cont'd: Many swimbait fanatics rely on round reels like the Shimano Calcutta
or Daiwa Luna, which have plenty of line capacity, a muscular drag, and
full-bodied gearing. We found the GLoomis Muskie MUR844C we used in the majority
of our tests to be a little overkill, but it casted the DOA effortlessly. We
cast this lure parallel to or right on top of submerged structure when targeting
bass, and into more open water when pursing stripers. You can try and match the
hatch with the DOA, but with only four patterns your choices are somewhat
limited. If you want to go for quality over quantity the 6 inch DOA is your best
The Ayu model in the lab
Retrieving: Once you
have the lure out in the water the real fun begins. The DOA rests at an arc with
the head and spinner tail downwards when at rest. With just a slight twitch of
the rod the lure comes to life, and really looks like a flailing injured fish.
The lip makes the DOA’s head move to the side with short jerks. The blade tail
doesn’t really spin unless the lure is retrieved or jerked aggressively forward.
The lure doesn’t put a lot of noise in the water like some plugs which may even
feature an internal knocker, instead the DOA relies on flash and side to side
splashing in the water to attract fish.
A closer look at the joints
When retrieved briskly the
DOA will drop right under the surface and the tail will move side to side
convincingly wit the blade tail spinning like an inline buzzblade. We got almost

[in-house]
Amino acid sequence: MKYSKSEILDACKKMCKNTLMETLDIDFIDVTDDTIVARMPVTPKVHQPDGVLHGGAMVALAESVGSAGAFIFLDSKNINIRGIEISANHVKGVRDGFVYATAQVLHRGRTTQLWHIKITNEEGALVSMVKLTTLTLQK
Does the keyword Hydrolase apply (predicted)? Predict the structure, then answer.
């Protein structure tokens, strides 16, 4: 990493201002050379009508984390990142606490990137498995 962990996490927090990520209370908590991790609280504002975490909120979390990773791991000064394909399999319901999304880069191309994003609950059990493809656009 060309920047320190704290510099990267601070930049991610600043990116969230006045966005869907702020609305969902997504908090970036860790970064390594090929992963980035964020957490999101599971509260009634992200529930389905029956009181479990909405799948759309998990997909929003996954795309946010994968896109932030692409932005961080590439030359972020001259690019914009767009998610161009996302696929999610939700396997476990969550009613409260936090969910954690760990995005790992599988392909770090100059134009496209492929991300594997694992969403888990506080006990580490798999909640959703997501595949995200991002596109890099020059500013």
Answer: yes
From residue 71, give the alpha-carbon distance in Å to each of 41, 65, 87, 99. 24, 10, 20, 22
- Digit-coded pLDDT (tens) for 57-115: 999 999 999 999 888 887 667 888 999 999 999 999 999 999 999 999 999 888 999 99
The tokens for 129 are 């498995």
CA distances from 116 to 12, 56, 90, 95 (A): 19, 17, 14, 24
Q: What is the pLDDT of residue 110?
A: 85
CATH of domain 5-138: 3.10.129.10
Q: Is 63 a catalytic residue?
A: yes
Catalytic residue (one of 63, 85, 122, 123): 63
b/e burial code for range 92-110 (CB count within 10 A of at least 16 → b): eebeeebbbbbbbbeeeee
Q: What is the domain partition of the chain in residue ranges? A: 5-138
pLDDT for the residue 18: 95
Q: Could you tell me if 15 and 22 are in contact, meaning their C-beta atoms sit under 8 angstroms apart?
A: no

all our strikes when the bait was moving, this doesn’t mean a standard retrieve,
just that we had by far more success when the lure was twitched on the surface
rather than at complete rest.
The DOA features a realistic gill
The DOA can be fished with
either the rod tip up at a slight angle or pointed down while jerking. Unlike
most topwater plugs that I retrieve back to the boat in bursts we found that
effectively fishing the DOA was more about positioning and twitching. By being
patient and really working the surface of the water between your initial
splashdown and the boat or shore you will maximize the chances that a fish will
view the DOA as easy prey.
Each DOA comes with a oversized
Our theory is that unlike
some other louder baits that incite reaction strikes, the DOA can attract fish
that may not be as aggressive. Fish may take more time to observe the DOA
splashing about on the surface, before they commit to a strike. Because we
observed this behavior we would move the bait forward 10 feet at a time back to
the boat, then patiently jerk the rod tip ever so slightly to bring the bait to
life in a near stationary position on the surface. The technique proved
effective for both largemouth and stripers.
The buzzblade tail attachment is
reinforced with a screwed in plate
When fish do commit they did
so aggressively, especially stripers. During our tests stripers slammed the lure
causing big splashes, sometimes rolling over on the lure as they shot up at it.
The strikes we witnessed had the fish coming in at the lure at a 40 degree angle
rather than straight up from underneath the lure. When the stripers are very
aggressive and there is some wind breaking the surface of the water we also
found shifting to a more aggressive constant jerk-jerk retrieve drew even more
The DOA on our G.Loomis Muskie
test rod in the Delta
When both largemouth and
stripers hit the DOA you will know it. The large hooks on the lure do a good job
hanging on to fish, but you will get the occasional short strike. With the DOA
we did not find a violent hookset effective at landing any more fish, in fact we
found just the opposite. By being overzealous with the set we found we actually
dislodged fish that hadn’t got their mouths around the center of the bait. When
a fish hits the DOA simply retrieve on your reel to maintain resistance and bear
down on the fish, once the fish reacts you can give the rod a quick jerk to
ensure the fish is pinned on.
The lip is extra thick for